The principal aim of this volume is to elucidate what freedom, sovereignty, and automy mean for Nietzsche and what philosophical resources he gives us to re-think these crucial concepts. A related aim is to examine how Nietzsche connects these concepts to his thoughts about life-affirmation, self-love, promise-making, agency, the 'will to thingness', and the 'eternal recurrence', as well as to his search for a 'genealogical' understanding of morality. These twelve essays by leading Nietzsche scholars ask such key questions as: Can we reconcile his rejection of free will with his positive invocations of the tion of free will? How does Nietzsche's celebration of freedom and free spirits sit with his claim that we all have an unchangeable fate? What is the relation between his concepts of freedom and self-overcoming? The depth in which these and related issues are explored gives this volume its value, t only to those interested in Nietzsche, but to all who are concerned with the free will debate, ethics, theory of action, and the history of philosophy.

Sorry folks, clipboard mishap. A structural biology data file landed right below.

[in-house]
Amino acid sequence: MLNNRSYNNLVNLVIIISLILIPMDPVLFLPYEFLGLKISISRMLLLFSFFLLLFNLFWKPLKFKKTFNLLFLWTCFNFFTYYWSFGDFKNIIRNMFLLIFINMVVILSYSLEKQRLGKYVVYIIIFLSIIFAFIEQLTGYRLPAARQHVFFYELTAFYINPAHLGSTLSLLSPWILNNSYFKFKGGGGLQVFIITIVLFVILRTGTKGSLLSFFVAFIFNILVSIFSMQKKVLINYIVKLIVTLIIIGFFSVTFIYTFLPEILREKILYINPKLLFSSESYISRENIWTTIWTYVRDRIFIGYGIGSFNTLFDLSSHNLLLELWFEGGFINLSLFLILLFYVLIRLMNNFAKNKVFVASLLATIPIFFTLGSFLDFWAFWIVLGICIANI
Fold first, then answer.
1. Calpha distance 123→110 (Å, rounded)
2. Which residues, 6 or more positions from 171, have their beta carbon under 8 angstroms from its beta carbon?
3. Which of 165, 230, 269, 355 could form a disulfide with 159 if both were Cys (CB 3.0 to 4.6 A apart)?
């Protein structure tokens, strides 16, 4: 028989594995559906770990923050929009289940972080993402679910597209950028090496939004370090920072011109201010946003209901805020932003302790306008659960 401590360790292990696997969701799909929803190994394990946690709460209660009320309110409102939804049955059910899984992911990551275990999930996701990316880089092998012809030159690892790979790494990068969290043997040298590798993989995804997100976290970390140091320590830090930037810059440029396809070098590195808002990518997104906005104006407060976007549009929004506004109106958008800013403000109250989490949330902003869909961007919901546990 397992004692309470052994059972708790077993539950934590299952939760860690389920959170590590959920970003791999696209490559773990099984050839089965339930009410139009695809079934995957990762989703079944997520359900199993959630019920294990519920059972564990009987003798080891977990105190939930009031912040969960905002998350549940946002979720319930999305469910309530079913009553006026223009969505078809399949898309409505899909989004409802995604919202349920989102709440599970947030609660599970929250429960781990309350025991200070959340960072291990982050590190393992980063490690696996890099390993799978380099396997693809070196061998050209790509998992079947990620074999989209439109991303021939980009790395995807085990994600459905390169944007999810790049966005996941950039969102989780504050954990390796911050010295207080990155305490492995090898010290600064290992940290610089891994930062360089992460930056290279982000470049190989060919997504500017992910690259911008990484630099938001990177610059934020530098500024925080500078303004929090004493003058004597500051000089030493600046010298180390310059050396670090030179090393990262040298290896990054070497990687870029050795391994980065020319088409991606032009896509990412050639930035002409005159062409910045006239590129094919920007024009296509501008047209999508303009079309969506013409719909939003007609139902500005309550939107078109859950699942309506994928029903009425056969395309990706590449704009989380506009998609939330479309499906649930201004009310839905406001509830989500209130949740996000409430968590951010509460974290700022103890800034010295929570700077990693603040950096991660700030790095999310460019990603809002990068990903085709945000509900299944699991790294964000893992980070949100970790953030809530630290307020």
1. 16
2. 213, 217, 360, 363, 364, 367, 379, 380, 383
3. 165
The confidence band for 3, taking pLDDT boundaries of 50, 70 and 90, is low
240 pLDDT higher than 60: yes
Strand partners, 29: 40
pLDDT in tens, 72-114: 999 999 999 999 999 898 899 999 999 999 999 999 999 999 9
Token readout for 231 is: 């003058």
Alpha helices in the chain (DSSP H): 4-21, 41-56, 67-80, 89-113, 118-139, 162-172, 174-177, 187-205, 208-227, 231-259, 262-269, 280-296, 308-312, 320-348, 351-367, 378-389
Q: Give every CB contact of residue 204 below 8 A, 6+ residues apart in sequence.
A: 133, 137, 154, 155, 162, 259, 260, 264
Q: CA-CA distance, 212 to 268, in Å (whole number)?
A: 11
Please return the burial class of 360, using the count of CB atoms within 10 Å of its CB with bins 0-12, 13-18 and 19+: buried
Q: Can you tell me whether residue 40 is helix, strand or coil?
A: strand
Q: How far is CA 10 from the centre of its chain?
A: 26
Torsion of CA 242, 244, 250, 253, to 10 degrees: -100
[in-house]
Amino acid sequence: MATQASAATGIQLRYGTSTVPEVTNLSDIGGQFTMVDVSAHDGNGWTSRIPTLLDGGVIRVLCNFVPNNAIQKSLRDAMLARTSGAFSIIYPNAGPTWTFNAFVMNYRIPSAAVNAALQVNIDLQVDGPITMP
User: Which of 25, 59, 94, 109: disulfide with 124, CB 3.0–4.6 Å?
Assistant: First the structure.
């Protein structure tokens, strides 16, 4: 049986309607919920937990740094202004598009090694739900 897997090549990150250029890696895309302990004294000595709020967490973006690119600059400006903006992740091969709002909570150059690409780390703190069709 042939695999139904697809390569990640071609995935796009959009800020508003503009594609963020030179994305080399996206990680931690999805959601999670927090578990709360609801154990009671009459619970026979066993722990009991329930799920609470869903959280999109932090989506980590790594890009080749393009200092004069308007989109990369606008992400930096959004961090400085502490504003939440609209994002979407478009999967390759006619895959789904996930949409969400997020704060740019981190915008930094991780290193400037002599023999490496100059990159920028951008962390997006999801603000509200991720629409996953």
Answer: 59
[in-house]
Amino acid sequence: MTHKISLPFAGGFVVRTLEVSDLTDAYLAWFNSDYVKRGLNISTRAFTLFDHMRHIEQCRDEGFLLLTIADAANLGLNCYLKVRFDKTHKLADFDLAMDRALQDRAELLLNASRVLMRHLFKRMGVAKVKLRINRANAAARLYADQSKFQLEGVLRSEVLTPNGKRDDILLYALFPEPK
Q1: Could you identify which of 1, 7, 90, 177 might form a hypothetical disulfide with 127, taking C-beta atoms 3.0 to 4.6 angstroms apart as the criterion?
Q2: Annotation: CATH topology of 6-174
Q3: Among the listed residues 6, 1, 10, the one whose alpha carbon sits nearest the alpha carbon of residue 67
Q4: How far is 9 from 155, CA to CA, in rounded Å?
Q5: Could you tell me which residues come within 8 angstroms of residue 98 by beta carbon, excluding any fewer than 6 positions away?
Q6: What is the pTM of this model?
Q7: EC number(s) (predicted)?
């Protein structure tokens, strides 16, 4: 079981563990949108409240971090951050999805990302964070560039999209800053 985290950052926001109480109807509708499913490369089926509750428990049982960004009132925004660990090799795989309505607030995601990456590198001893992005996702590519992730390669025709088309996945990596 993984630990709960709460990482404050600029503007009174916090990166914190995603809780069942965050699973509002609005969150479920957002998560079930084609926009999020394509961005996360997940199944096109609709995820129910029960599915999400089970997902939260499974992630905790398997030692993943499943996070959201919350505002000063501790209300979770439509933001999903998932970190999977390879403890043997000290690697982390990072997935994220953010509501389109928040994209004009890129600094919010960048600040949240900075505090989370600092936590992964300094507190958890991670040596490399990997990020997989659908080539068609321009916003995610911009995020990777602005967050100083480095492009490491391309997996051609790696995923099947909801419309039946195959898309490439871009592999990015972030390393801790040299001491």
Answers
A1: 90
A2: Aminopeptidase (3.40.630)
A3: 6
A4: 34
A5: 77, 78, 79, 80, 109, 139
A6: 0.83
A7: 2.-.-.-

Simon May is Visiting Professor of Philosophy at King's College, University of London.